When an Apple Falls Far From the Tree: Part Two

When it was Koogle’s chance to defend himself, he told the judge and state’s attorney that he had not committed the shooting nor any of the burglaries.

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The scene of the attempted robbery and shooting.

Continued from Part One.

Amazingly—almost miraculously—on 8 August, just four days after the shooting, George Waters Bittle was able to give testimony to Justice of the Peace Christian H. Eckstein whilst propped up in a chair in the bedroom of his Main Street home. Also present during the testimony was State’s Attorney for Frederick County Arthur D. Willard (1872-1959), the counsels for the defense, the accused, Captain Jacob Koogle, Dr. Ralph Browning, Rev. Otto E. Bregenzer (abt. 1877-1920) of  St. Paul’s Lutheran Church, and Mrs. Bittle, the former Mary Elizabeth Routzahn (1865-1936.)

Bittle told Willard and Eckstein that on the night of the attempted burglary,  “He had seen the burglar around his place early in the evening [and] though he recognized his walk,” the Frederick News noted.The party wore a  dark slouch hat, dark coat, and trousers. He did not see the face of the man at the door sufficiently well to say it was George Koogle, but he could say from what he had seen of Koogle earlier in the evening and what he could say of the man at the door he thought it was George Koogle, although he was sorry to say so.” The dolorous look Bittle may have given Captain Koogle as he spoke can well be imagined.

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Justice of the Peace Christian H. Eckstein heard Bittle’s testimony.

Bittle, like his fellow citizens, probably saw Koogle as somewhat of a superhero. For example, the merchant would surely have heard this wartime anecdote from Myersville veteran Daniel Mowen, Koogle’s brother-in-law, who included it in a series of articles he wrote for the newspaper, The Globe: “At the assault of Petersburg, on the 17th of June, 1864, and while the Seventh [Maryland Regiment] was in line, Jacob Koogle, first sergeant of company, saw a shell bounding toward them. He called to the men to ‘look out!’ Watching its course, he attempted to step out of its way when it lodged against his breast. Its force being about spent, he threw it off with his arm without injury to himself and, as it didn’t explode, it injured no one else.” This was before the affair of stealing of the Confederate colors and returning with the secessionist banner and a uniform full of bullet holes. Those twin events could make anyone wonder whether Koogle was divinely blessed.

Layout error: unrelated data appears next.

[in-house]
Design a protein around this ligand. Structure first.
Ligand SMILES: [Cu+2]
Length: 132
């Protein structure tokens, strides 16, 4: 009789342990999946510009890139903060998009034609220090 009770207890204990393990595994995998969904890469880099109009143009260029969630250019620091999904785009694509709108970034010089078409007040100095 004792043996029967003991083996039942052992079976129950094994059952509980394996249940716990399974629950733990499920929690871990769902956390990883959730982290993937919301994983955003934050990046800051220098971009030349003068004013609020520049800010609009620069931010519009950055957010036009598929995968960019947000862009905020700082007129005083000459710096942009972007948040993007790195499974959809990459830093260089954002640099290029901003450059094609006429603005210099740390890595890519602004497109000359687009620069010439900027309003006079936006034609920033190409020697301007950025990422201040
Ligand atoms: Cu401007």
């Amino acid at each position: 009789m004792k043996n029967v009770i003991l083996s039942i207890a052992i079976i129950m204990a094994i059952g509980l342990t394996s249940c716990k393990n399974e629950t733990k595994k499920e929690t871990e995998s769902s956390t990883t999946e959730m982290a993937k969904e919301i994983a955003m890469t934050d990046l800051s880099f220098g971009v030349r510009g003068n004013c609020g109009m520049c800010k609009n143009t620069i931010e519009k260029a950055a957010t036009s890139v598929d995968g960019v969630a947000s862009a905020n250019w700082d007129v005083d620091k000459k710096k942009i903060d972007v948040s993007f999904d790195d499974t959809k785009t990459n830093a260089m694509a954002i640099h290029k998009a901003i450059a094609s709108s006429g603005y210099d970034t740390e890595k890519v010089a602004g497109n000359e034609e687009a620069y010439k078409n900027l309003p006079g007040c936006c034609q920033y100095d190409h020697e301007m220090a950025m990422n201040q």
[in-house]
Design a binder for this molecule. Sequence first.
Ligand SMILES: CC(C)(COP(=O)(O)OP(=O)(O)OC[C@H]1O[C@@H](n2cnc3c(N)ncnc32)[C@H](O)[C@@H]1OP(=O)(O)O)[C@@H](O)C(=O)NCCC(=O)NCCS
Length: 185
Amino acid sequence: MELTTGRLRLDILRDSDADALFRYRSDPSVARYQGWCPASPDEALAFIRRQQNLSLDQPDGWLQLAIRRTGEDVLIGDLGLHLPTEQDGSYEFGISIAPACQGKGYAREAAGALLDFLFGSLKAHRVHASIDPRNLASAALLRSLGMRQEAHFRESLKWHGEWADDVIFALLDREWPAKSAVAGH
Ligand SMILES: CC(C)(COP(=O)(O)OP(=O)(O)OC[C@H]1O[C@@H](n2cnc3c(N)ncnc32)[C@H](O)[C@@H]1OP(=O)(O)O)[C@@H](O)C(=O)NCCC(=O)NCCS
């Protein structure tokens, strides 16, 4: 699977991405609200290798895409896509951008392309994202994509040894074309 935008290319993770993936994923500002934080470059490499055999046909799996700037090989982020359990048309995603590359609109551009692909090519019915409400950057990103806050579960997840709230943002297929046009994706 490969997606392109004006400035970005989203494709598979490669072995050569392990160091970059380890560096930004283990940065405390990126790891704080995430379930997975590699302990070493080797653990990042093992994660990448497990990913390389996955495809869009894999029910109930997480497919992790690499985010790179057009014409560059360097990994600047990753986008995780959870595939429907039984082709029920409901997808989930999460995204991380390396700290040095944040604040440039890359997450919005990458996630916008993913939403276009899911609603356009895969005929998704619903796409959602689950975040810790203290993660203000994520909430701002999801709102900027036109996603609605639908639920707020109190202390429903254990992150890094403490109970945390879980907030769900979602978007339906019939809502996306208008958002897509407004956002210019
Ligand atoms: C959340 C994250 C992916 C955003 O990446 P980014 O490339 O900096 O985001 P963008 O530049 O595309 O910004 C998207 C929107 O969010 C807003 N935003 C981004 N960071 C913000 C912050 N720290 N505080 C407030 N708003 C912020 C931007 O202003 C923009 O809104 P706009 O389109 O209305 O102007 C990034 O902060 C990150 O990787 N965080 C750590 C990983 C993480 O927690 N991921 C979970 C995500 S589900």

Continue reading “When an Apple Falls Far From the Tree: Part Two”

The Memory of Mourning

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An albumen cabinet card copy of an earlier mourning image. It bears the mark “Broadbent & Taylor, 914 Chestnut Street, Philadelphia. S. Broadbent, W. Curtis Taylor.” Ann Longmore-Etheridge Collection.

This is a copy of an earlier photo–certainly either an ambrotype or daguerreotype. Photographers Broadbent and Taylor, or whoever owed this image, drew strengthening lines around the woman’s shoulders and head, as well as around her eyes and possibly lips. On the actual cabinet card, these lines are not really noticeable, but when blown up, they become quite evident.

The sitter wears fashions that date the photograph to the 1850s. She wears a mourning brooch at her throat, its hair compartment and black enamel clearly visible. I have a similar brooch in my collection. The otherwise lovely piece below suffers from moisture damage. At some point in the past, water or humidity seeped into the brooch and now the hair is a shade of green, dyed by the metals that surround it. Ω

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Gold and black lacquer double mourning brooch inscribed “J & L Howlett,” circa 1855.

A Union Soldier Remembers